Wednesday, August 4, 2010

Dominion - Basic Concepts

Dominion is not a CCG (although I reserve the right to alter that opinion after the 10th expansion), but it shares a number of concepts with those games . I think a player with a background in playing CCGs will pick the game up faster than a player without - this is born out at my local club where the two best Dominion players have played tournament Magic.

Before you even start reading this, I should warn you that my last submission to BGG was a list detailing why I still suck at Dominion. So if you're looking for killer Dominion strategies, then this is the wrong place to look; I'm not good enough at the game myself to help there! Whilst I've played over one hundred games, mainly offline, I'm still learning. But I'm winning more than I lose, and hopefully there are some useful ideas here for those who are fairly new to the game.

I'm going to try and stick to general points that work for most decks; obviously there will be sets and strategies (Gardens, I'm looking at you here...) where these principles will not apply. It's less of a "what-to-do" article, than a "why-you-might-want-to-do-it" one. At least, that's the intention - apologies if it's a mix between the obvious and the questionable!

The observant may notice that there are a number of points here that I've repeated from the aforementioned Geeklist. Blame the credit crunch; there's just not the budget there once was for new material.

So... what are these concepts I mentioned?

1) Deck Thinning

You've heard about the "Chapel Deck" on this forum (if not, never fear - there's a link at the bottom)? The reason it works is because you are "thinning" your deck. You're taking out the cards you don't want to draw, so that the ones left are the ones that you do want to draw. Sort of like throwing out all the salt and vinegar crisps in a multi-pack and leaving the good flavours. In Dominion though, you'll typically want to throw out as many of the copper and estate cards that you started the game with as you can.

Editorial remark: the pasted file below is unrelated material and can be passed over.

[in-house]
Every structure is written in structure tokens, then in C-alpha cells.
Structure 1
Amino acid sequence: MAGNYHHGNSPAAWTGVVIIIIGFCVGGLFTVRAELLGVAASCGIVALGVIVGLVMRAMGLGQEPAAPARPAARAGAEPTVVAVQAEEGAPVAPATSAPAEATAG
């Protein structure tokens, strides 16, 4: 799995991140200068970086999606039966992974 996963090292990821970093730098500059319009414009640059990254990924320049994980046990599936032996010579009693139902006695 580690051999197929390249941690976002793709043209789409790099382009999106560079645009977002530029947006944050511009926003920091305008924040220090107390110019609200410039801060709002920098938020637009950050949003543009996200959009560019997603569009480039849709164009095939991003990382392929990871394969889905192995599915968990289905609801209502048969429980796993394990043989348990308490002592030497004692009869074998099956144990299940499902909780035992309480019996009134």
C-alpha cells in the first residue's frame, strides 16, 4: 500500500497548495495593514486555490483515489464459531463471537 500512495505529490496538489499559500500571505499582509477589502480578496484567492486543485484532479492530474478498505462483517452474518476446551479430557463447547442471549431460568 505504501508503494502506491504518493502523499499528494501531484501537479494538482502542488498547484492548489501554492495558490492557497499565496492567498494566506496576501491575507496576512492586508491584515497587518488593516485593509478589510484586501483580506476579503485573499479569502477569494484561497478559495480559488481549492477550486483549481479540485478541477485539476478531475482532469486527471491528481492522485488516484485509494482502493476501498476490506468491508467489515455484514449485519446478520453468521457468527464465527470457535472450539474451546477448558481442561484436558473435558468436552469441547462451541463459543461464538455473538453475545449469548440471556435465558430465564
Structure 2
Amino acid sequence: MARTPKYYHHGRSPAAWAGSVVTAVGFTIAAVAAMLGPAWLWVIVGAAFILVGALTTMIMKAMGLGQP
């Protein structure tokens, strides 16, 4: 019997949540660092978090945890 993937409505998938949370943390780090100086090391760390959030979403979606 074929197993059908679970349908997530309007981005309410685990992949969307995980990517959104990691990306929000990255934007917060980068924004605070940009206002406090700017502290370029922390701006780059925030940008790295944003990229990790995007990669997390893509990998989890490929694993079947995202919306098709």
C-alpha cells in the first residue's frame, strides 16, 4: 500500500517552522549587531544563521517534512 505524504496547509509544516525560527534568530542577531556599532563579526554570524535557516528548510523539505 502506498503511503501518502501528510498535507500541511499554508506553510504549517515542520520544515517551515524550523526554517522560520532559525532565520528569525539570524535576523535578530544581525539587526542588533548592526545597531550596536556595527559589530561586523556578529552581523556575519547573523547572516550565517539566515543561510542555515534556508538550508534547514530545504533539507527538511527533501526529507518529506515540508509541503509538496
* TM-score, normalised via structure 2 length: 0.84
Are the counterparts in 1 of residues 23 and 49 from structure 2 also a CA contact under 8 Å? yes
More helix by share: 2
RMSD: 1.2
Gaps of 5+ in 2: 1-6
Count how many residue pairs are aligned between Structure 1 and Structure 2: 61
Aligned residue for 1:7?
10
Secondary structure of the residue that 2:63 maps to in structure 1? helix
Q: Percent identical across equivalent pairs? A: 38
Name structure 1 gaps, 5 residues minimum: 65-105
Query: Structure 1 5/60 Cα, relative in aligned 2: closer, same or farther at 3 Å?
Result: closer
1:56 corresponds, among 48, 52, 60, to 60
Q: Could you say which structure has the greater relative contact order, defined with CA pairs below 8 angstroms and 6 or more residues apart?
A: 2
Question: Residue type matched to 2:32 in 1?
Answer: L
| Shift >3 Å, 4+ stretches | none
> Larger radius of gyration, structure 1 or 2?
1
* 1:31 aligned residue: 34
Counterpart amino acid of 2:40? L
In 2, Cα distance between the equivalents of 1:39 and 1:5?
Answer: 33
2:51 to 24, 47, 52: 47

Throwing out VP cards sound counter-productive, doesn't it? You need them to win the game, after all. The point is that every time you draw one of those VP cards it's a dead card in your hand. If you didn't draw that VP, you could have drawn a card that was useful to you. So, getting rid of those three estates in your deck sets you up better in the long term to buy more provinces.

Same principal with the Copper coins in your deck. Getting rid of them after you've started buying Silver and Gold coins increases your chance of drawing the Silver and Gold, rather than the Coppers. Hence a higher average amount of money in your hand in your buy phase, allowing you to start buying better cards more reliably early in the game. Again, what you're doing here is generating tempo. Whilst your early turns may be less impressive (throwing away cards), your later turns will hopefully contain reliably richer hands.

I've quite happily used a Chapel to throw out hands of three Copper and an Estate. Okay, that means I can't do anything else in the turn, but it means that I won't have to draw those cards again in multiple future turns, thereby helping me in the long run.

The other deck thinning card in the set is Moneylender; a card which I dismissed at first but which I look out for now for precisely this reason. Whilst it can't thin your deck quite as fast as the Chapel, it helps keep the money rolling whilst it does. That +3 money can be a significant boost towards being able to buy a powerful five or six cost card. Which nicely brings me round to my next point.

2) Tempo

This is nothing to do with music, but why write my own definition? I'll let Wikipedia do it for me:

"Tempo is a term used in Magic: The Gathering to indicate the advantage gained when a player is able to play more or stronger cards (relative to their opponent) in a shorter period of time due to efficient resource allocation"

I think this term can be applied to Dominion as well. There are of course differences, but the core idea is the same.

Here's a really simple example of a card generating Tempo: Militia. Militia generates tempo in two ways; Firstly, you get that +2 money which helps drive your own buy phase. Secondly, by forcing your opponents to discard down to three cards, you may very well force them to discard cards they were planning to play on their turn, thereby reducing the effectiveness of what they are able to do.

3) Tempo & Money/+Money Cards

I'm going to assume if you're reading this, posted as it is in the strategy section of a board games website, that you've at least heard of Magic the Gathering. I'm also going to assume that you know you need to have Land cards in that game to be able to cast your spells. If you don't draw any land, then you can't cast any spells. This is the same in Dominion as well, but for "Land" read "Treasure cards".